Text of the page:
AUGUSTA, Ga. - Phil Mickelson, who has been busy attending to baby matters, was asked if he buys into the theory that players who come to the Masters without the burden of great expectation have an easier chance to win a green jacket.
“Well, let's see,” Mickelson said. “The winner of the last two years didn't slip in under the radar, by any means. He played pretty well.”
Like every year since he won his first green jacket in 1997, Tiger Woods has come to the Augusta National Golf Club, site of the Masters, which begins today, as the most formidable blip on every player's radar screen. And so have a couple other big boppers, Ernie Els and Davis Love III, players who, like Woods, have games tailored to the demands of Augusta National, a man-sized golf course built to stand up to today's advances in equipment.
Maybe that's why he's flying undetected on the radar. For a change, nobody is giving him much chance to stop Woods' quest to become the first player to win three consecutive green jackets. Nobody is expecting Mickelson, the world's No. 4 player, to win his first major championship - an emotional hurdle that has dogged his dazzling ability.
“There is some truth to that,” said Mickelson, 32, who has 21 PGA Tour victories. “It's easier to prepare, be ready mentally, when you don't have as many distractions, as many questions to answer, as many autographs to sign. It's easier to spend more time preparing on the range, on the putting green, without interruption. That can oftentimes lead to a player performing better.”
Mickelson, though, won't go unnoticed for long at Augusta National. He has finished third each of the past last two years.. What's more, with the 7,290-yard layout playing soggier than a kitchen sponge, Mickelson's ability to hit the ball a long way - he is third on the PGA Tour in driving distance (307.3) - becomes even more important.
Mickelson has finished in the top 10 in nine of the past 16 major championships. Over the past four years, only Woods has fared better at Augusta National than Mickelson.
“I always thought this would be the best opportunity to win a major,” Mickelson said. “I think my record is better in this championship than it is in the other majors. It's well-suited to my game in that I'm able to hit driver on all the holes.
“Here at Augusta National, it's very evident that you need to hit the ball long. Although certainly a less-than-long hitter can win here, and certainly they have contended and won here in the past, the odds are that a long hitter will win.”
The last short hitter to win the Masters was Jose Maria Olazabal in 1999. Since then, though, the course has been lengthened 270 yards, and bunkers have been added to create more 300-yard carries. The bulk of the changes were made last year and another 20 yards was added to the par-4 fifth hole this year, making it 455 yards with a 315-yard carry over the fairway bunker.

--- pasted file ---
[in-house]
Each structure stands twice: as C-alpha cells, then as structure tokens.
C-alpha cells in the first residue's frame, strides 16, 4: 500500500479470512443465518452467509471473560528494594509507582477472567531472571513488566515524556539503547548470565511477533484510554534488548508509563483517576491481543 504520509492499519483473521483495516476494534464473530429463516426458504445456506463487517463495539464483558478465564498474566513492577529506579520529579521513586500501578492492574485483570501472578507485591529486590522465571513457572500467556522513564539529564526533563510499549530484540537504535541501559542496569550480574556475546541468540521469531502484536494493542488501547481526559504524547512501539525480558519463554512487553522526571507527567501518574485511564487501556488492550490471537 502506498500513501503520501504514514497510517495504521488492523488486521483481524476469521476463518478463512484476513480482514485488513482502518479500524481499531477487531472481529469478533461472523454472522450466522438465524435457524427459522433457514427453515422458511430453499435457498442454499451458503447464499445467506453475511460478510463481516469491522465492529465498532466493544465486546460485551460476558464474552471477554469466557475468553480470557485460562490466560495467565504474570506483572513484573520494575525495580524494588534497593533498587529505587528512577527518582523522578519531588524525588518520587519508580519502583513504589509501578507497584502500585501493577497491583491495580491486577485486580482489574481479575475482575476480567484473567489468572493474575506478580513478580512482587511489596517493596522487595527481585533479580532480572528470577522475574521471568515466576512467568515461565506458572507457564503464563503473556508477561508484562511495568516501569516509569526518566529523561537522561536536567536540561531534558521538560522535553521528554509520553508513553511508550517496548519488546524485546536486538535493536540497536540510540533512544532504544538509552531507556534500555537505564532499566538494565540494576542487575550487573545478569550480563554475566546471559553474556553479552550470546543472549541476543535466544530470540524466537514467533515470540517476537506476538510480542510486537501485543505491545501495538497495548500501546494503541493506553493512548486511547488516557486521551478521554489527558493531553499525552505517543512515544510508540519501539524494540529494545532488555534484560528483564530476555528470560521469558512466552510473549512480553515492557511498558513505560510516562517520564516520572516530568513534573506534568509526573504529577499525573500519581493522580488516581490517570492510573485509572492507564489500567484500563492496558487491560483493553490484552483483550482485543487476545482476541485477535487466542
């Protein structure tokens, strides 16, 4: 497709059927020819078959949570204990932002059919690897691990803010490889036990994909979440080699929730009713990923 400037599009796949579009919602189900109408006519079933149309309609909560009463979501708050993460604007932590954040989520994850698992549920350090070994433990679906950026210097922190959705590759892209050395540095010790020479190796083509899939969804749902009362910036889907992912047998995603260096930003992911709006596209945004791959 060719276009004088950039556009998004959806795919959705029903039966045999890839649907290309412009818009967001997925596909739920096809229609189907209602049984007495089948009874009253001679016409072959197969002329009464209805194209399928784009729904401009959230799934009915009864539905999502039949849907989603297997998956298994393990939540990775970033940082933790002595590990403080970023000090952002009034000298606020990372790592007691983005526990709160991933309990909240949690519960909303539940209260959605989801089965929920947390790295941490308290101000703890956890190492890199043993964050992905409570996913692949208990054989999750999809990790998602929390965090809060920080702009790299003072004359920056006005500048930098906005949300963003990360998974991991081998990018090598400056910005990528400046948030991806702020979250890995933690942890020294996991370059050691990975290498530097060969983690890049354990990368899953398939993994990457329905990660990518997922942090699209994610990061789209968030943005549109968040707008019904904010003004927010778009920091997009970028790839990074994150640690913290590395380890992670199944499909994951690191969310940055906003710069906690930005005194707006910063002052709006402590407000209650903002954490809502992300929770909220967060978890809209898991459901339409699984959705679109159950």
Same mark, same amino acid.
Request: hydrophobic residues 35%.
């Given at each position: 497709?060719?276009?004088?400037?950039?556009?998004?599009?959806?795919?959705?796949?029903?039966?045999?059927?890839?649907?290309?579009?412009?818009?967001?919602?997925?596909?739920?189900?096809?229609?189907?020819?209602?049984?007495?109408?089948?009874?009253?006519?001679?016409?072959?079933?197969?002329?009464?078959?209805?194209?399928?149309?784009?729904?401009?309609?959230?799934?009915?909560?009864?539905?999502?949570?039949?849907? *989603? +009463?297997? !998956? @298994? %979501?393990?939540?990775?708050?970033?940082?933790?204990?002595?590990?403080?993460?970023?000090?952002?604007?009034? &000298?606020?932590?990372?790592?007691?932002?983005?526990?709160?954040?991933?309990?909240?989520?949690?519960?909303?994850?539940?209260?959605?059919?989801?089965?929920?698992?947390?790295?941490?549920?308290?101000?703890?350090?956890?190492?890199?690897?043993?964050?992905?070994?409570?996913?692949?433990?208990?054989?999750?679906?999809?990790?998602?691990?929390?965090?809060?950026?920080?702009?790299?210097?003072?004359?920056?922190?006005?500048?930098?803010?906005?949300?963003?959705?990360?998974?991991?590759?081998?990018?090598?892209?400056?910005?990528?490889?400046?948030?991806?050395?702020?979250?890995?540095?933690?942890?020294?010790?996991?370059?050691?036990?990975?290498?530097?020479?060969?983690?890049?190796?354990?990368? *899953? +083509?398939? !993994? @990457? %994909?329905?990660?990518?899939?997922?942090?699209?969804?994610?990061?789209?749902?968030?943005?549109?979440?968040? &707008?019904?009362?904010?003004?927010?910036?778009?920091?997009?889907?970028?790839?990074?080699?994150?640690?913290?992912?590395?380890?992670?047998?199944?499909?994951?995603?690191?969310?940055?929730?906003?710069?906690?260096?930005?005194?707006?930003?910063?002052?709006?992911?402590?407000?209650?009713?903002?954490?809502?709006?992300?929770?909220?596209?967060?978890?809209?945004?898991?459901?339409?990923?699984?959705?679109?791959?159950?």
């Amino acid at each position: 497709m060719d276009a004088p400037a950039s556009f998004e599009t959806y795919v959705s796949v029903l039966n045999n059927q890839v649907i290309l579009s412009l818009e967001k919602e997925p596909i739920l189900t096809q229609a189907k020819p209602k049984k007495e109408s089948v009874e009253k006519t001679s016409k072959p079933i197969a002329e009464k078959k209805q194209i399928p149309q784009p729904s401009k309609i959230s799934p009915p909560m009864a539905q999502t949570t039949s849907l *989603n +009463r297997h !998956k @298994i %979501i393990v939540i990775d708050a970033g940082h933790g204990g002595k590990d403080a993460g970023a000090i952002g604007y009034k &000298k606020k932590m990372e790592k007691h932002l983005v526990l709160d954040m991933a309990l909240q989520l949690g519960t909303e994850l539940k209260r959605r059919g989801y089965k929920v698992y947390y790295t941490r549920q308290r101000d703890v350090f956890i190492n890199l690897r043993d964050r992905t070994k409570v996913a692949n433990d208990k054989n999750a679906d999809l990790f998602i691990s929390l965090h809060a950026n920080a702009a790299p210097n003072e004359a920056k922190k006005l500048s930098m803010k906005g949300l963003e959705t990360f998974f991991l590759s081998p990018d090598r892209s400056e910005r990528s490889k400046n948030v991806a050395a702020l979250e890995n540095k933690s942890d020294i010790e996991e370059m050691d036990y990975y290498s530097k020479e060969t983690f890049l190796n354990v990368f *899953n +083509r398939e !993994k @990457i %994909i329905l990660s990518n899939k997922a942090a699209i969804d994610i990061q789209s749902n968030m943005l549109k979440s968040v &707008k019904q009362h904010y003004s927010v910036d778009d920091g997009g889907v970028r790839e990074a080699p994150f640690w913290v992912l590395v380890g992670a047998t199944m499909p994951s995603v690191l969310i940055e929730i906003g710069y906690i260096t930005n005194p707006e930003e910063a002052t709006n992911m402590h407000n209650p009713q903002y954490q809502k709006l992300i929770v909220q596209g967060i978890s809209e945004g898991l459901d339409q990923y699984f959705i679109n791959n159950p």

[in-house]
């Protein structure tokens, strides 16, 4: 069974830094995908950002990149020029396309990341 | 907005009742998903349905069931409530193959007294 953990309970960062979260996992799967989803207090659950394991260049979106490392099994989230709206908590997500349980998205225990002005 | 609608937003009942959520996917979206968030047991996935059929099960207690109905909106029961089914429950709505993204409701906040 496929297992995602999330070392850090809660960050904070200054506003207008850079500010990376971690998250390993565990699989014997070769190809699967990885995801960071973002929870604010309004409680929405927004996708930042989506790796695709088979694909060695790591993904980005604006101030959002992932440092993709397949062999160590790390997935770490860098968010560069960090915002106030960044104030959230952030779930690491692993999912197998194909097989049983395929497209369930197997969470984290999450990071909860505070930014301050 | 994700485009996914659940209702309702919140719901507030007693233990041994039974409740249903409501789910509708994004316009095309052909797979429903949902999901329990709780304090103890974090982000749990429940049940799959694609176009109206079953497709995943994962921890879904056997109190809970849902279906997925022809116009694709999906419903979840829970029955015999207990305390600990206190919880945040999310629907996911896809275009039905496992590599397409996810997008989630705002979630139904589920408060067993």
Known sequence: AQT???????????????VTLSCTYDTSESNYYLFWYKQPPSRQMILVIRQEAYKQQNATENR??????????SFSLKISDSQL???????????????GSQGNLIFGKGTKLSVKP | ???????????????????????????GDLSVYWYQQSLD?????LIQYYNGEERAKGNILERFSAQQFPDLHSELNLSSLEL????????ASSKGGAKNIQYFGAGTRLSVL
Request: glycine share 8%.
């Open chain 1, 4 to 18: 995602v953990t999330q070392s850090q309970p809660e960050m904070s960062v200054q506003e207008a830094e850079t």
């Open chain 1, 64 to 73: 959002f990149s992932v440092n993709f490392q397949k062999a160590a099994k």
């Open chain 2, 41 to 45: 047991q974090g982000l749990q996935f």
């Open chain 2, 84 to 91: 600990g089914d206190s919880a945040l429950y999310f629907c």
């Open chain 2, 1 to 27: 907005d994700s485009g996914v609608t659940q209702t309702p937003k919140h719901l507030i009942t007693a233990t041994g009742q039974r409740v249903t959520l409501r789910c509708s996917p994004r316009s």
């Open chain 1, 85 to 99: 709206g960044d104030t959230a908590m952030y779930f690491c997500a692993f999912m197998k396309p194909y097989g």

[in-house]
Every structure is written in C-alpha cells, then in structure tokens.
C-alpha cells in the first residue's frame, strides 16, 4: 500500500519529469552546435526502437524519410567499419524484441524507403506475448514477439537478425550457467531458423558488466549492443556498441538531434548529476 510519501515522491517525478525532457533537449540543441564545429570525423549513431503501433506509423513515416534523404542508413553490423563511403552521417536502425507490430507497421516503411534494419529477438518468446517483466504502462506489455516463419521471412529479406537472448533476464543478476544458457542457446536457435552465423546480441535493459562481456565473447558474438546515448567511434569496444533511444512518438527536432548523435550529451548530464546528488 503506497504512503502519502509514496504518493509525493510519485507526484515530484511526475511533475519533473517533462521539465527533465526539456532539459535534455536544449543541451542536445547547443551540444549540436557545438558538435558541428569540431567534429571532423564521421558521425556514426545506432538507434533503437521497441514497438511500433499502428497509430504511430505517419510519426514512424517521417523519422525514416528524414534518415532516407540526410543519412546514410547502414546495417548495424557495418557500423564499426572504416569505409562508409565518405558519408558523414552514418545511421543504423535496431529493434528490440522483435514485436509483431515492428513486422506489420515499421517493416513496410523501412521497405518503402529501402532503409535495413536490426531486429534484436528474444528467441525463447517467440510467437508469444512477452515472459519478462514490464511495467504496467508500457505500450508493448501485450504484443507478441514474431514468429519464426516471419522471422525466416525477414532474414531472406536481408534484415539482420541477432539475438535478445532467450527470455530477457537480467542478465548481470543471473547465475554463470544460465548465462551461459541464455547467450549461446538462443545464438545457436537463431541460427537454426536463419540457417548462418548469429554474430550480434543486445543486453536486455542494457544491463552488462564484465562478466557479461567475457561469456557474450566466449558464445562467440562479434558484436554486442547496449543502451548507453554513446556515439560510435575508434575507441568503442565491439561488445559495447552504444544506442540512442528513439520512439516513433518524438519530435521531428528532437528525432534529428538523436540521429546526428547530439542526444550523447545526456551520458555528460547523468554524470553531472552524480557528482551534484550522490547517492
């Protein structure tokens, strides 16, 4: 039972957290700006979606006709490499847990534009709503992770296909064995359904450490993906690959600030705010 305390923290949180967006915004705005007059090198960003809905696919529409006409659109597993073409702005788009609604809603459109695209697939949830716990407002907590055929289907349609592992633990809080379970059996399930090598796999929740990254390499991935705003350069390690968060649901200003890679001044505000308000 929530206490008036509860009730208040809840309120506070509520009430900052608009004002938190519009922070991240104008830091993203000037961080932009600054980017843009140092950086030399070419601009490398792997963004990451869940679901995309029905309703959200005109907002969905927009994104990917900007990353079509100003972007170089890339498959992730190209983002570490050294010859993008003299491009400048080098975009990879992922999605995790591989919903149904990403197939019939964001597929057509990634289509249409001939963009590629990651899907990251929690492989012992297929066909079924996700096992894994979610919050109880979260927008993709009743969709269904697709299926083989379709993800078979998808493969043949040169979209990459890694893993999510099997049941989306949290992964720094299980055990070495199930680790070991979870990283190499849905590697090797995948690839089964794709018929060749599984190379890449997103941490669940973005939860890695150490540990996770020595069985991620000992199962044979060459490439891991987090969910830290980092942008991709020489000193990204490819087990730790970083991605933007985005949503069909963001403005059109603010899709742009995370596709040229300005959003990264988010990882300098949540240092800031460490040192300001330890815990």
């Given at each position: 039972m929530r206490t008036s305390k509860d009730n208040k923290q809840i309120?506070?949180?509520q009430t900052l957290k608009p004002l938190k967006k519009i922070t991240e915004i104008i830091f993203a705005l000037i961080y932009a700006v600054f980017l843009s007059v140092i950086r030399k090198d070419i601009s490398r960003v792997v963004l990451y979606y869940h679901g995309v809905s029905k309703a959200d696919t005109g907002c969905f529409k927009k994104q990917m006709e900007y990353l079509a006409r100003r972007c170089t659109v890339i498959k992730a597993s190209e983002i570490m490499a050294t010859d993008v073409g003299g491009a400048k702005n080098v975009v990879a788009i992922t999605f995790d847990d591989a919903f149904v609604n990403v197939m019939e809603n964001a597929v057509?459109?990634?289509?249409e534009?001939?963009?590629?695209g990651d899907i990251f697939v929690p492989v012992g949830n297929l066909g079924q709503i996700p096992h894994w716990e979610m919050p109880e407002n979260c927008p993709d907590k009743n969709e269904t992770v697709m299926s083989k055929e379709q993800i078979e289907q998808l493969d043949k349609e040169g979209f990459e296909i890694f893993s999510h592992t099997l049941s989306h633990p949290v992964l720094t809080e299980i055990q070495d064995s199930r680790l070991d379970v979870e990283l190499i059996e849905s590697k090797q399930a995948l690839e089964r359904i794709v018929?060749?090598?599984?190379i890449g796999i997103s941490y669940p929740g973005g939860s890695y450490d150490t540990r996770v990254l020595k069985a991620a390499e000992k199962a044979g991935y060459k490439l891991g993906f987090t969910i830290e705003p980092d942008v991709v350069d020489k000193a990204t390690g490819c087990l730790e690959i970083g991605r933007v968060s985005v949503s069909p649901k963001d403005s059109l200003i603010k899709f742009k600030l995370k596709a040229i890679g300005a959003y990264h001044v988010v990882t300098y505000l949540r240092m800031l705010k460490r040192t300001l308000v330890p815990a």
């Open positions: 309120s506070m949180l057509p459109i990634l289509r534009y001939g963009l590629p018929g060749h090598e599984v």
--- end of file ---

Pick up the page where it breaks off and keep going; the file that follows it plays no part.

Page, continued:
That's part of the reason Love, who ranks 17th in driving distance (295.6), and Els, who has increased his average distance nearly 20 yards from last year, are considered prime threats to stop Woods' quest for a record three consecutive Masters titles. But it's more than just distance.
Love, a former PGA champion, is coming off a scintillating victory in the Players Championship. His final-round 63 was called “the best round I've ever seen” by his friend and playing partner, Fred Couples. Els took a two-week break to rest his injured wrist, but he has pronounced himself 100 percent healthy and close to the early-season form that allowed him to win four times in five starts - twice on the PGA Tour and twice in Europe.
Still, Els and any of the other 92 players in the field have to prove they can past Woods, mentally and physically. Only two other players have had chances to win three green jackets in a row - Jack Nicklaus in 1967 and Nick Faldo in 1991. But Nicklaus shot 72-79 and missed the cut and Faldo finished tied for 12th behind winner Ian Woosnam in their attempts.
If Woods accomplishes the feat, four-time Masters champion Arnold Palmer said it would rank among the great achievements in golf history.
“I put it very close to Nelson's performance,” Palmer said, referring to Byron Nelson's record of 11 consecutive PGA Tour victories. “And I don't know if there's anything I can say about golf that bests what Byron did. This would come close to matching most of the great feats in golf.”
PALMER FRETS: Despite a birdie on the final hole of his practice round, Arnold Palmer was half-wondering if he made the right decision to return to the Masters.
“It's that hard,” Palmer said, referring to the Augusta National Golf Club, which is playing very long and difficult because of three consecutive days of rain. “It's very hard. And it's long.
“But I'm going to tee it [today] because I said I would. That's the way I do things.”
Palmer paused briefly, then said, “I've made mistakes before.”
One year after playing what everyone thought was his final competitive round at Augusta National, Palmer has returned to play in his 49th consecutive Masters.
TRADITION: Will Nicholson, chairman of the competition committee, said the Masters will keep with tradition and not implement the lift-clean-and-place rule, despite heavy rains that have drenched Augusta National. Several players said their ball routinely picked up mud during the practice rounds.
Also, Nicholson said there are no plans to move up any of the tees to make the 7,290-yard course play shorter.
The Block News Alliance consists of The Blade and the Pittsburgh Post-Gazette. Gerry Dulac is a reporter for the Post-Gazette.
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